NATO’s leaders used the excuse of the vast new headquarters to invite the former real estate mogul for a ribbon-cutting, even though construction on the site – a former military airfield – is not yet finished. Beyond its official purpose, however, the meeting was designed to allow Trump and NATO to take the measure of each other. In addition to talking about values, climate change, trade and Russia, the 27 other members hope to relieve anxiety that arose during Trump’s campaign, when he questioned why the United States was spending its own money to defend Europe, called NATO “obsolete” and ill-equipped to deal with terrorism, and threatened to withdraw if other members failed to pay their “fair share.”
Administration officials such as Defense Secretary Jim Mattis and Secretary of State Rex Tillerson have publicly tempered some of those views since Trump’s inauguration. Mattis has said that the U.S. commitment to NATO members’ pledge to defend each other, under Article 5 of the alliance’s charter, is “rock solid.”
Some allies feel the golden word of the president would finalize the message to Russia and others across the NATO border. It still could come up in their private conversations over dinner.
“That would be important if the president personally and explicitly states it,” said Latvian Foreign Ministry State Secretary Andrejs Pildegovics, who was in Brussels for the meeting. “At the end of the day, all important decisions are made by the president. And usually the president has a few options on the table.”
NATO has officially pledged that all members will reach the goal of spending at least 2 percent of their gross domestic product on defense by 2024. Secretary General Jens Stoltenberg noted Thursday morning that overall spending among members has been up for two years in a row, and he said he anticipated that increases would now speed up as the alliance addresses the terrorist threat.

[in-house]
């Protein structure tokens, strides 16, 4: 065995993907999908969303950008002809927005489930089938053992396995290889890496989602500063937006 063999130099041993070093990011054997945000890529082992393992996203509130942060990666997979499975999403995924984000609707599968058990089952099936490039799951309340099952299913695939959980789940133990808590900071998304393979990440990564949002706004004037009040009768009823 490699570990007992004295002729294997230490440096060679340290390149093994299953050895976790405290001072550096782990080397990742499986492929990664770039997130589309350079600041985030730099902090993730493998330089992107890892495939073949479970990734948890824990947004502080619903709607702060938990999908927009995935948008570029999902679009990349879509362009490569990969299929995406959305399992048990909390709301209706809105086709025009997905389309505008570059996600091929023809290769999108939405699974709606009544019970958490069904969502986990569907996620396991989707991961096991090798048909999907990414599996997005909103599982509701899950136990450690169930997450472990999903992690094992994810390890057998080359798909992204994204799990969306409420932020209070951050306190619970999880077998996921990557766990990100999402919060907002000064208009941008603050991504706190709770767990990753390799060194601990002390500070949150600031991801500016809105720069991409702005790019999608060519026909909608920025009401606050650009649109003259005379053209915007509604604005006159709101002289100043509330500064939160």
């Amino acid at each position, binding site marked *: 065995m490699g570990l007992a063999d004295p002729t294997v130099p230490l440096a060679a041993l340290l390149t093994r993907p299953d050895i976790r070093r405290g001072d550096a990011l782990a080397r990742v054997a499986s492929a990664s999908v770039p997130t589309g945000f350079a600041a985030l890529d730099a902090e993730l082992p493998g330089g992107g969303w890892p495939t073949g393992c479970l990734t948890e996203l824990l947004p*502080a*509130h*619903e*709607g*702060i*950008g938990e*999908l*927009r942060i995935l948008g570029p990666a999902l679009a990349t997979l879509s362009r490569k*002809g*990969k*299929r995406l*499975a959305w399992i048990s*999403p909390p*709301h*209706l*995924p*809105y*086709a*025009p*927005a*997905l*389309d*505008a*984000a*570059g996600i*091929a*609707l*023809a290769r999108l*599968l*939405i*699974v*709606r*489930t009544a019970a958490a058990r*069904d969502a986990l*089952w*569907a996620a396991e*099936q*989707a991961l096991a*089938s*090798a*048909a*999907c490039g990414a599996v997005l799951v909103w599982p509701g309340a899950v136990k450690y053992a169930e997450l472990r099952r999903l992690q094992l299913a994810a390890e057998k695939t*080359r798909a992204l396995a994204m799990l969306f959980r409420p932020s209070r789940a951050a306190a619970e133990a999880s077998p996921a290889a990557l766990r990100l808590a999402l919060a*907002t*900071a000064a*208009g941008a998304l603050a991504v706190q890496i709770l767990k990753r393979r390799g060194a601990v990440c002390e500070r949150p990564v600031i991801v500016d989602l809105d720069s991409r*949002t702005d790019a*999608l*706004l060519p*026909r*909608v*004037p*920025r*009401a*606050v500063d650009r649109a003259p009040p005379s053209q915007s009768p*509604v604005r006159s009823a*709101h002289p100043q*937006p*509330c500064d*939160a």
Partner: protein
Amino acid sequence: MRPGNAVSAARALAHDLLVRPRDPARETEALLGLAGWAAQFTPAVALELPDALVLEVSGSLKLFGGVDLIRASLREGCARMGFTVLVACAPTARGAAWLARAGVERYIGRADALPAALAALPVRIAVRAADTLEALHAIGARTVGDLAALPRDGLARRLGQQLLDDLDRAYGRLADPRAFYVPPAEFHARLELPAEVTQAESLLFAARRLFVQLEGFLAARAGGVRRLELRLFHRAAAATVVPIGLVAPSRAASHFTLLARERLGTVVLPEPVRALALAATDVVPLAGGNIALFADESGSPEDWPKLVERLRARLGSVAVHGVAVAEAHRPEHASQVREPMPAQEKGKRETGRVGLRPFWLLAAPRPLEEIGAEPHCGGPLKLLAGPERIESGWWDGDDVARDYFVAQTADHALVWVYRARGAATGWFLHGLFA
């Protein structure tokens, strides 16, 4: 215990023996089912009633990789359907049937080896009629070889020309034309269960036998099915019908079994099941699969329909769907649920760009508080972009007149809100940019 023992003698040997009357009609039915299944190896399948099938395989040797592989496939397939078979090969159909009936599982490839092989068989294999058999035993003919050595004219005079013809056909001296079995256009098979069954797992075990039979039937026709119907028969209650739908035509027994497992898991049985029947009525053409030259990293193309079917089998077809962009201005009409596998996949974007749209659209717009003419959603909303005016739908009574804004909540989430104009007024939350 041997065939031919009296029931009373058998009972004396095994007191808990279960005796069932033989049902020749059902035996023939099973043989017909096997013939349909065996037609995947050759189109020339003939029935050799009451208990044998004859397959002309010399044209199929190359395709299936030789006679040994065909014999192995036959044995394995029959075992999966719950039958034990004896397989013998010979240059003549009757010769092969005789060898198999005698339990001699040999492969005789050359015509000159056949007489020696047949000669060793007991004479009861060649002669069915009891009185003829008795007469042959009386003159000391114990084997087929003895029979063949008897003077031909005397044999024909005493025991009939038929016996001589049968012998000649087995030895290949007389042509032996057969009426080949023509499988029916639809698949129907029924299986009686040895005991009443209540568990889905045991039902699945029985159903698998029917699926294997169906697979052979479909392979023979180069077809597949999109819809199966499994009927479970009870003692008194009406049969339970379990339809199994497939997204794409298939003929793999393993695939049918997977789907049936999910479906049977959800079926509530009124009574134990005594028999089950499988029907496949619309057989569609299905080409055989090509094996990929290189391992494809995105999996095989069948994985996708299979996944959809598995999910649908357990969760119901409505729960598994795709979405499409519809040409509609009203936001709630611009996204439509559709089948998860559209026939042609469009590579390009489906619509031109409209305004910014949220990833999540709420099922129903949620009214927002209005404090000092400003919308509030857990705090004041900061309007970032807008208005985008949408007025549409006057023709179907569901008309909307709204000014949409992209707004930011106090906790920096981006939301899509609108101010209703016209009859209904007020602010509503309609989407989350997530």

He said NATO was ready to join the U.S.-led coalition against the Islamic State – to which all individual members already belong – although he said NATO would not have a combat role on the ground in Iraq and Syria. Among increased contributions to counterterrorism, he said the alliance would step up support of NATO AWACS planes and intelligence-sharing, and provide refueling capabilities.
“We will now establish a new intelligence fusion cell at the headquarters addressing terrorism, including foreign fights.
“And we will also appoint a special coordinator for NATO’s efforts fighting terrorism,” Stoltenberg said. He called it a “strong political message,” as well as a practical one.
Stoltenberg also said NATO would consider increasing its noncombat troop presence in Afghanistan. The administration is currently reviewing its own presence there, including adding up to 5,000 troops to the nearly 10,000 already on the ground and expanding their role assisting Afghan government forces fighting both the Taliban and a local Islamic State presence.